Suefeld & Bow (1999) also examined about 20 REST-related smoking interventions and found that when REST was used alongside other treatments it allowed a patient's post-treatment gains to be enhanced over the long-term with lower relapse rates. These findings have subsequently been applied to alcoholics and heavy drug abusers because these therapeutic situations work on the information content processing mechanisms and the subjective experience of set and setting in order to have a measurable impact upon the physical and mental functioning of patients (Móró 2010, Schmid et al. 2010; Zeidan et al., 2010). Such positive mood enhancements as these that occur are one of the main reasons that recreational REST experiences are becoming more commonly available in spas, resorts, and as stand-alone businesses. This is because they provide a drug-free and safe environment and setting for people to personally experience an ASC outside their daily life.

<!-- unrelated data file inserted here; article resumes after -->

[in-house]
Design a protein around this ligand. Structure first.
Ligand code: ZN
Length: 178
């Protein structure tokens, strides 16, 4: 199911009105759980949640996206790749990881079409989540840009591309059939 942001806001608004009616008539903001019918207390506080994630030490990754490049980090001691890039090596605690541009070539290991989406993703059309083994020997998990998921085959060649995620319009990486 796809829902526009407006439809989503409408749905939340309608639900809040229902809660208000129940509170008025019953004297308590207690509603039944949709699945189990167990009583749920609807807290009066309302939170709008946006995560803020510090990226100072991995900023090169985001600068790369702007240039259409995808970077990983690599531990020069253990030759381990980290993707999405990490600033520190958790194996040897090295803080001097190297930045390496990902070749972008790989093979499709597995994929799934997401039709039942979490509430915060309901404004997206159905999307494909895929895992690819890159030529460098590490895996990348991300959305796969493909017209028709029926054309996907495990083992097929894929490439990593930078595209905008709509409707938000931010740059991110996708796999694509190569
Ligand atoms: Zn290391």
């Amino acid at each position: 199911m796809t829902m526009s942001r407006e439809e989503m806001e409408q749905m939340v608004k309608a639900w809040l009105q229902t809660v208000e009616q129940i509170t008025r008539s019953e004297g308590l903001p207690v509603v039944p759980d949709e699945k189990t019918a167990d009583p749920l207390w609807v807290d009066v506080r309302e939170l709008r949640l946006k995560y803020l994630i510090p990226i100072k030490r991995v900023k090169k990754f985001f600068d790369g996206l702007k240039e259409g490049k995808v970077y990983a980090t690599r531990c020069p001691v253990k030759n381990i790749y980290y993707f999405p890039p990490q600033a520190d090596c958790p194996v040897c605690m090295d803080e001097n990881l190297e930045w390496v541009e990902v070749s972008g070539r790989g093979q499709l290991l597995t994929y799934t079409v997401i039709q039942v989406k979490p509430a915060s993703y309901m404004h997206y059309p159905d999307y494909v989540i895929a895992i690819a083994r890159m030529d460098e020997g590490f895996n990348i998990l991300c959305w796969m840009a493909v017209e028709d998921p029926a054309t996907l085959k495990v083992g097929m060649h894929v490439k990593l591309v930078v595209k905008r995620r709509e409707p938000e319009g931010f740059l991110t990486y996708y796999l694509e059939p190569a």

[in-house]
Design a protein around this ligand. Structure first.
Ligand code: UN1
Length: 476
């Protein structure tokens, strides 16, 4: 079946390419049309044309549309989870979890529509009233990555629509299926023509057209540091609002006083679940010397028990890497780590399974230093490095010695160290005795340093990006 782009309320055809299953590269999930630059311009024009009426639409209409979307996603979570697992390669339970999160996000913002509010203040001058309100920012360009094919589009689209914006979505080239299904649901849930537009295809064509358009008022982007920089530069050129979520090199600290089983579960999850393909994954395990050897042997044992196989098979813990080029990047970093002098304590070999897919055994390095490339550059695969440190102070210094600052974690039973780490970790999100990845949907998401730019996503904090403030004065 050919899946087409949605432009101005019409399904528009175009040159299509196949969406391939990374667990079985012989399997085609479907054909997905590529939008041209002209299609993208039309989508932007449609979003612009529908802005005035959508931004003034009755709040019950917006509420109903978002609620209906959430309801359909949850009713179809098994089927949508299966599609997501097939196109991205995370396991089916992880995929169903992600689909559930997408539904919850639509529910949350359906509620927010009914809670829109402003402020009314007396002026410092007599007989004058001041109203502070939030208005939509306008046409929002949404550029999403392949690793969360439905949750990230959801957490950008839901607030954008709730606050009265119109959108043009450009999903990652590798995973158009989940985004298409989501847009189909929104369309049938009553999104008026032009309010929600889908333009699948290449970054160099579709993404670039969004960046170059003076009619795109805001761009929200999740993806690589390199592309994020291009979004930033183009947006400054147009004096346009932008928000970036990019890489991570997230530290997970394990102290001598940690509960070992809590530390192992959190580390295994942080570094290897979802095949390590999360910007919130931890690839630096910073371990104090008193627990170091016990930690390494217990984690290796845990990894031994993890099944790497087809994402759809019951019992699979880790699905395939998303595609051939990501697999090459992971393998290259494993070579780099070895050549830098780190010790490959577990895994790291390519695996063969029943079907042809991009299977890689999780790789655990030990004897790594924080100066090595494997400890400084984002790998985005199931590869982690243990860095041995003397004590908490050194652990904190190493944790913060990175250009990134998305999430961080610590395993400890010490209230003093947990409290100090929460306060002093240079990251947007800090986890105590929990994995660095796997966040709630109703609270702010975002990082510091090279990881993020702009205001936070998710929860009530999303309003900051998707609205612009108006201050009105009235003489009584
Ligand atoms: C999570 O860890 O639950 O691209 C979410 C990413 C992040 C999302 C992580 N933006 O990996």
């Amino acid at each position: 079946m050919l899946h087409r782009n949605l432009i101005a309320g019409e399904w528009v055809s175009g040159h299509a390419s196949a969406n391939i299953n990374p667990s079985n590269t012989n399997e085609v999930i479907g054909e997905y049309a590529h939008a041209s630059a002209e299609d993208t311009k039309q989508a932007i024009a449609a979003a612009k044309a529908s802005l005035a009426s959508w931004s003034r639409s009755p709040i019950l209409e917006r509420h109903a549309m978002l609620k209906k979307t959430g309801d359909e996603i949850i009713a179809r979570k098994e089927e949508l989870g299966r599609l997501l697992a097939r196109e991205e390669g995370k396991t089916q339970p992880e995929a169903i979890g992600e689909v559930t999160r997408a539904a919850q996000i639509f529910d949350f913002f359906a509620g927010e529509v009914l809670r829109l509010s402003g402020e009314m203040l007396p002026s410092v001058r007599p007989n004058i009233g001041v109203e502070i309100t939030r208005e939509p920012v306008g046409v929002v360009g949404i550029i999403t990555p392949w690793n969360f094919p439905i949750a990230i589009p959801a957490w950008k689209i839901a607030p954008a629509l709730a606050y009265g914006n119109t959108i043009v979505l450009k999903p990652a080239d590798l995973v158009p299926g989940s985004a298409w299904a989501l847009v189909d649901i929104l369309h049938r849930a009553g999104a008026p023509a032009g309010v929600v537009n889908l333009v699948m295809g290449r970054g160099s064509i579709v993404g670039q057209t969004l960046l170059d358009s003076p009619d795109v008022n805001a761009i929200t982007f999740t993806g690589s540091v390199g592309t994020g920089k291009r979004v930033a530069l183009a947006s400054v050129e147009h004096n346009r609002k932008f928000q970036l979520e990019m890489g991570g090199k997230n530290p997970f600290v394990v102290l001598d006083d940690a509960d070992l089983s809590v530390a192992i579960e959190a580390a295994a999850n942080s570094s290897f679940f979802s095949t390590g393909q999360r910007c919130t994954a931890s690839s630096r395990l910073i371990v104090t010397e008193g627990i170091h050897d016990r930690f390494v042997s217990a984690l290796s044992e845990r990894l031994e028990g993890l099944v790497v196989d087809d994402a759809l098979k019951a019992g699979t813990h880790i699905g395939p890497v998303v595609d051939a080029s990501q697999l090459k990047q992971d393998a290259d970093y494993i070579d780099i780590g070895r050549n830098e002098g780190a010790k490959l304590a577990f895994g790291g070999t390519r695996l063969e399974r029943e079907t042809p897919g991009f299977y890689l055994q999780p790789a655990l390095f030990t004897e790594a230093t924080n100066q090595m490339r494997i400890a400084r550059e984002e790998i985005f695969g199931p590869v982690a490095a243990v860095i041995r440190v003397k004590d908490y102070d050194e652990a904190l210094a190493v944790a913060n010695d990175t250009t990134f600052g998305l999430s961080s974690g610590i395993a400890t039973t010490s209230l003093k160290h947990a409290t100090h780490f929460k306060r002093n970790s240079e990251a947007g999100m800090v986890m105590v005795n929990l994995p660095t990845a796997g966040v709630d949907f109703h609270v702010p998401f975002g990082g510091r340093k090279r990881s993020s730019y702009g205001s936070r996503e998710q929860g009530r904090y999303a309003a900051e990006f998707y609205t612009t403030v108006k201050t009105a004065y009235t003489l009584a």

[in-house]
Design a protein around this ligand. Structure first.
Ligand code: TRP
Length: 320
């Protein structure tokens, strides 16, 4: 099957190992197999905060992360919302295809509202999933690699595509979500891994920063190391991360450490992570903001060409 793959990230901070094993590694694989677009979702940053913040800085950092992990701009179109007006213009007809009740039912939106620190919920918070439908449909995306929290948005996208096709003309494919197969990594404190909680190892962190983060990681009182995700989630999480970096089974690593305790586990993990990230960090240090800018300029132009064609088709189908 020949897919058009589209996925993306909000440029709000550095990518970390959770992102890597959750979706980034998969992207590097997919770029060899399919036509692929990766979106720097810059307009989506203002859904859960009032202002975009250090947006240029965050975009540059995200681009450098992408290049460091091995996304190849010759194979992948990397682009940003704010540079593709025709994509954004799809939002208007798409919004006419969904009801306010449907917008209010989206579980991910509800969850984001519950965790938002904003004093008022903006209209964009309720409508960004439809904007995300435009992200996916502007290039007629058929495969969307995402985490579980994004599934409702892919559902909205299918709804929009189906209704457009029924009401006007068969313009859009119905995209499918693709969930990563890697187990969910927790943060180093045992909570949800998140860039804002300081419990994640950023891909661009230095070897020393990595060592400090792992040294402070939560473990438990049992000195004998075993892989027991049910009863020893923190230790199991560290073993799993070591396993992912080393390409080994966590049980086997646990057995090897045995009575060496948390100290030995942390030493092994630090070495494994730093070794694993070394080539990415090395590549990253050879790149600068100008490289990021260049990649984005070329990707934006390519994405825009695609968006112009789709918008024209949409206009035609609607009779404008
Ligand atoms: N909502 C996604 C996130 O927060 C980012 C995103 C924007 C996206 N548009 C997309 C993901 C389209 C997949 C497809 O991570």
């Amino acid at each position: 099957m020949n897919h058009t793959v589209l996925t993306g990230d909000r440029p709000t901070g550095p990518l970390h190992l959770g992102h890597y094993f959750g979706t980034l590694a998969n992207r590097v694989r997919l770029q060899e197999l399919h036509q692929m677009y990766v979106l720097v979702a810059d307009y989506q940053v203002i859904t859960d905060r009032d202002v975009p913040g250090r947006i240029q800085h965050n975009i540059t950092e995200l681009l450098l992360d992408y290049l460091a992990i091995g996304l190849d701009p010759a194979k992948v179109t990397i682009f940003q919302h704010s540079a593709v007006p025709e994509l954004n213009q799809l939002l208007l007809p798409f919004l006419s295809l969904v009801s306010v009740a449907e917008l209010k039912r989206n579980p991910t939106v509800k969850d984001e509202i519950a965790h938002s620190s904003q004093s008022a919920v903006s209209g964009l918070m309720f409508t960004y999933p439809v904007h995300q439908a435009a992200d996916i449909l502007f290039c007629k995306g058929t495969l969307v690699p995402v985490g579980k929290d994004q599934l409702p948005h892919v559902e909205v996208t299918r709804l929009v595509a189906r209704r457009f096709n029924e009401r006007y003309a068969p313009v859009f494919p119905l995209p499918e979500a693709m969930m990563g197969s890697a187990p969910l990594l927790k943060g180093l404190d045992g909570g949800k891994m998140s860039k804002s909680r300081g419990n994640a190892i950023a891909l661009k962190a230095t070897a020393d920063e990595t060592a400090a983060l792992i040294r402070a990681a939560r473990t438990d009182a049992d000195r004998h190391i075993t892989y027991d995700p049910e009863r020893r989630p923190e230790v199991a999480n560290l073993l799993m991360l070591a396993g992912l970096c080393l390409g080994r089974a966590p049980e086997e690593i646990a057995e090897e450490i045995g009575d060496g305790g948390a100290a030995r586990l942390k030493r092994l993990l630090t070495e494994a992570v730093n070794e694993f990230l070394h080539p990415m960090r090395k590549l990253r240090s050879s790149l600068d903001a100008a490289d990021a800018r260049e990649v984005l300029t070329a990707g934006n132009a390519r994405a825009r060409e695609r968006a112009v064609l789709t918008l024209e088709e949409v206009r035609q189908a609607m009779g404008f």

It is these features of REST that I propose should be incorporated into the examination of the theoretical cognitive and neurological models of ASC and SEEs. One model that has briefly been examined using REST is that of implicit and explicit learning models of procedural memory (Norlander et al., 1999). The researchers applied REST to inspect how REST can be applied to reinforce the primary process orientation to enhance the quality of coaching and training methods that occur in individualized sports, such as competitive archery (Norlander et al., 1999).